Prospects for Recovery and Sustainable Development in Africa

By Aguibou Y. Yansané | Go to book overview

the policy and institutional reform will be more difficult, and backsliding on reforms already implemented could occur.

A civilian regime is unlikely to put emphasis on agricultural development and export promotion since investment in these areas will not generate noticeable results in the short term. Besides, emphasis on these areas is not in the immediate interests of the vocal minority -- the urban middle and upper classes -- that control the media and political debate. Public sector inefficiency and corruption have not been a feature of current political debate; it is not likely to be a major focus of the civilian administration. In summary, the prospects are that Nigeria will continue to try to muddle through in an environment of big government, corruption, and macroeconomic instability. Change will come only with the emergence of strong political leadership and when the people and the politicians have gained a better appreciation of the fundamental factors in rapid economic growth. Rapid economic change requires good government, knowledge and its effective organization and application, hard work, and consistently good policies.


NOTES
1
The external debt of Nigeria stood at U.S. $34.5 billion in 1991.
2
This is quite similar to the experience of Mexico over the same period. See William R. Cline, International Debt: Systematic Risk and Policy Response ( Washington D.C.: Institute of International Economics, 1984), 258.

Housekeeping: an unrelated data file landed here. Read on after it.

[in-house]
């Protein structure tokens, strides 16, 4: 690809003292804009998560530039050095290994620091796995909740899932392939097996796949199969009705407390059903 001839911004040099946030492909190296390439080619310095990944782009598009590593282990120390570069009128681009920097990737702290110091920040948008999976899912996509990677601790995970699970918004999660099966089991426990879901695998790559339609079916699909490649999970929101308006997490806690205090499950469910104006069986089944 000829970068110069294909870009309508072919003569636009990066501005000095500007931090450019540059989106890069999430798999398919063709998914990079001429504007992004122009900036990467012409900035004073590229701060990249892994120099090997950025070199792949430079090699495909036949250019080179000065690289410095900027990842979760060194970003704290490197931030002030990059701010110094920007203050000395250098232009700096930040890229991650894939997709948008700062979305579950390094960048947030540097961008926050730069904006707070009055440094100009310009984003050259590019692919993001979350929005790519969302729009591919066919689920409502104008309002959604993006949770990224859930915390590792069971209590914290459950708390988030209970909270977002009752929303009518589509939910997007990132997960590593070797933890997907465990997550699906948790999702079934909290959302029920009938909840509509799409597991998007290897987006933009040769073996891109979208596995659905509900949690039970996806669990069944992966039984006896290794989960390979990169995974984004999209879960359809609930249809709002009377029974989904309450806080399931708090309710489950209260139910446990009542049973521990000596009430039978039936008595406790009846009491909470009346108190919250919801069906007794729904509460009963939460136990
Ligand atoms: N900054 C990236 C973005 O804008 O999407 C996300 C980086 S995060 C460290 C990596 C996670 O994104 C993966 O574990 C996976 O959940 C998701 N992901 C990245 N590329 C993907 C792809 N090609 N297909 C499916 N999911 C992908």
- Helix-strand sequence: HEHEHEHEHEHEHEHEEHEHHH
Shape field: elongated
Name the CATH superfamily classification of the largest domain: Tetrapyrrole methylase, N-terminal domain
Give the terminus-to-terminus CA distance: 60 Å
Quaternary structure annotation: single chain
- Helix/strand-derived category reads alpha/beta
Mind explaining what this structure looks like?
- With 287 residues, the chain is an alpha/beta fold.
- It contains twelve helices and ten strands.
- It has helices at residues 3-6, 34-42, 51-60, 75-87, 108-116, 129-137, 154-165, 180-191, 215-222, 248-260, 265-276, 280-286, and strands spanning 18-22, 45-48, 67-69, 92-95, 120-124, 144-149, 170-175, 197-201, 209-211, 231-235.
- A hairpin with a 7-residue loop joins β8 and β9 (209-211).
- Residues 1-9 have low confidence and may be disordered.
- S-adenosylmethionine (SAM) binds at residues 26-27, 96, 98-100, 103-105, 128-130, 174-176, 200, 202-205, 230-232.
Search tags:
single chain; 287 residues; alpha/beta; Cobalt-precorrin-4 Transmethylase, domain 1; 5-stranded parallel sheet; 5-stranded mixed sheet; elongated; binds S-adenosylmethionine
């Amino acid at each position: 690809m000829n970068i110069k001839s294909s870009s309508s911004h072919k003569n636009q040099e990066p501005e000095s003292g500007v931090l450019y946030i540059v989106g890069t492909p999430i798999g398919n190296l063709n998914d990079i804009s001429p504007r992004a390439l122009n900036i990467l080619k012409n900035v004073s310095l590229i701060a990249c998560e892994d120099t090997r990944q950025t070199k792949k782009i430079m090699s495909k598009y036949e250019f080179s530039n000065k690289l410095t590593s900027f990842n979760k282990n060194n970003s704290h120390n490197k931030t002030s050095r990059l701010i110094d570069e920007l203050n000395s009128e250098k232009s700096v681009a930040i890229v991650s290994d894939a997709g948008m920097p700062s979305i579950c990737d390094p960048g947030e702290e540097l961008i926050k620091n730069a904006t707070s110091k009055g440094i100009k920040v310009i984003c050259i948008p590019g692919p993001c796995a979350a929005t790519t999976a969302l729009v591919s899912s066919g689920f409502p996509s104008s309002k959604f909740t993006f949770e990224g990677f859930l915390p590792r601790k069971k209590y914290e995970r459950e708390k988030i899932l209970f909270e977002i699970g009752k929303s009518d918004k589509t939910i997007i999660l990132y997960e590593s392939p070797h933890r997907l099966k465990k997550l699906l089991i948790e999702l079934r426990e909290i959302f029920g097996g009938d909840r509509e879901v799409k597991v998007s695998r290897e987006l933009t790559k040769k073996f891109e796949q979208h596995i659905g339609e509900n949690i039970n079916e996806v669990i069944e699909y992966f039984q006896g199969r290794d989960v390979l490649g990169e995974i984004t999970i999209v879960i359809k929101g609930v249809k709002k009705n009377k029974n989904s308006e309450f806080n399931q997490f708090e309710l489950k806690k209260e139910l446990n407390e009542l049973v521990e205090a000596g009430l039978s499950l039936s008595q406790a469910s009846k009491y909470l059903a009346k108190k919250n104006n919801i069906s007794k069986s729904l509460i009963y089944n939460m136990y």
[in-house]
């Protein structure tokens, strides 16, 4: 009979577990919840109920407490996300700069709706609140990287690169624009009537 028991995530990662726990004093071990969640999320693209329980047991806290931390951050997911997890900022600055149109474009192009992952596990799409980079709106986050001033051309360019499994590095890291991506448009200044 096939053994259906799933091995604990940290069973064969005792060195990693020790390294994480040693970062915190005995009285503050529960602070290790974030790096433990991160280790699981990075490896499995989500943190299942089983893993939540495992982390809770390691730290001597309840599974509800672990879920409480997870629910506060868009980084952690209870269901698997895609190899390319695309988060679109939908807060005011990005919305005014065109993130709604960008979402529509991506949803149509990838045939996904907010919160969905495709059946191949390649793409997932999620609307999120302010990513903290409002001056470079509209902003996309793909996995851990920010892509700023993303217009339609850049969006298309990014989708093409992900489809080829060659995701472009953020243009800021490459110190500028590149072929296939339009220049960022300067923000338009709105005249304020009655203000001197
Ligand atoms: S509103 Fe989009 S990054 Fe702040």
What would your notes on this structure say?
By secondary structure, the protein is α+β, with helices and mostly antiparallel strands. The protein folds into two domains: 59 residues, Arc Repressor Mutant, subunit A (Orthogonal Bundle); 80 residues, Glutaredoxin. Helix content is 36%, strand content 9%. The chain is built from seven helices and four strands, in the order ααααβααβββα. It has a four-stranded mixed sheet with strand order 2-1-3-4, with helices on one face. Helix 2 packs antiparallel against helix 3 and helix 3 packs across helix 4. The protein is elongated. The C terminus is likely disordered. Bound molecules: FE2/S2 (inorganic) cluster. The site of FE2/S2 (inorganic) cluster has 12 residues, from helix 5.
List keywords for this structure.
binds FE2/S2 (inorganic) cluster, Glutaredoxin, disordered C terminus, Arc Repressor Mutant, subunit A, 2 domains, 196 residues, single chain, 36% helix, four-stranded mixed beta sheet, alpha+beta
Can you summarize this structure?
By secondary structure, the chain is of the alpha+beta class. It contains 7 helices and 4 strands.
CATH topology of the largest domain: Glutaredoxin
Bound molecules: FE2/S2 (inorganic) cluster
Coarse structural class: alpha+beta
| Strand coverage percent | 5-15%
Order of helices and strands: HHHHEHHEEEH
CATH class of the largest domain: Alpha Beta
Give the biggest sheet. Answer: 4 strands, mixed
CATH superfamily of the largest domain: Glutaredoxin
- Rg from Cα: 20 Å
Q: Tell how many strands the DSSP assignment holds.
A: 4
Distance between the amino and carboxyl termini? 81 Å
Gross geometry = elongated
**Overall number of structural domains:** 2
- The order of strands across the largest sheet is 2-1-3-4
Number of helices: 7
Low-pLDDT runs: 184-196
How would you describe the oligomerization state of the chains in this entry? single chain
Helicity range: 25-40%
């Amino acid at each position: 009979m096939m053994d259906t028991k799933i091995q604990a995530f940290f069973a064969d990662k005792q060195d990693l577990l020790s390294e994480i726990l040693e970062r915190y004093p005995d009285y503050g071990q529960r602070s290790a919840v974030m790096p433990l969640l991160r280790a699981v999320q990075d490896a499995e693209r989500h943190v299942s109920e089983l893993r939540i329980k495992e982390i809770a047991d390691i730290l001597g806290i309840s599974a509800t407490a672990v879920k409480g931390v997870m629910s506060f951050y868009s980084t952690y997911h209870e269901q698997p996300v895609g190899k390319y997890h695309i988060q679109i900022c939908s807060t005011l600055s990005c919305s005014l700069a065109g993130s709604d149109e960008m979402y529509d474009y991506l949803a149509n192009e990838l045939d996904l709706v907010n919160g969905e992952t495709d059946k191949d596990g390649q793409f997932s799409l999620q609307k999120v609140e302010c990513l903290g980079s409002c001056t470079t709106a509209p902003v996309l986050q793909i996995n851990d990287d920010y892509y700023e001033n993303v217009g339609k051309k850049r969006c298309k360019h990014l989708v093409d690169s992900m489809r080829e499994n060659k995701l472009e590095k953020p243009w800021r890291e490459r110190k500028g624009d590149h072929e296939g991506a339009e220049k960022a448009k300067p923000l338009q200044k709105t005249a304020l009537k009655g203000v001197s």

3
See for example, an article on the assets of Nigerian political aspirants in the African Guardian, Lagos, "Cash for Cash: How the party Chieftains Rate," October 9, 1989, 1-67. This article indicated that some of these aspirants have wealth at home and abroad running into hundreds of millions of Naira.
4
This ratio of urban population to population rose from 27.9 percent in 1981 to 36 percent in 1991 (see World Bank, World tables, 1993).
5
See Federal Republic of Nigeria Gazette, S tructural Adjustment for Nigeria, July 1986-June 1988 ( Nigeria: Federal Government Printer, 1988).
6
See T. A. Oyejide , A. Soyode, and M. O. Kayode , Nigeria and the IMF ( Nigeria: Heinemann Educational Books Ltd., 1985).
7
There are now up to eighty commercial and merchant banks and more are expected to enter the market.
8
See World Bank; World Tables 1992.
9
World Bank, Sub-Saharan Africa: From Crisis to Sustainable Growth, A Long Term Perspective Study ( Washington, D.C.: World Bank, 1989); United Nations Economic Commission for Africa, The African Alternative Framework Framework to Structural Adjustment Programmes for Socio-Economic Recovery and Transformation E/ECA/CM/16/6 Rev. 3 ( New York: U.N. Publications, 1989).

-158-

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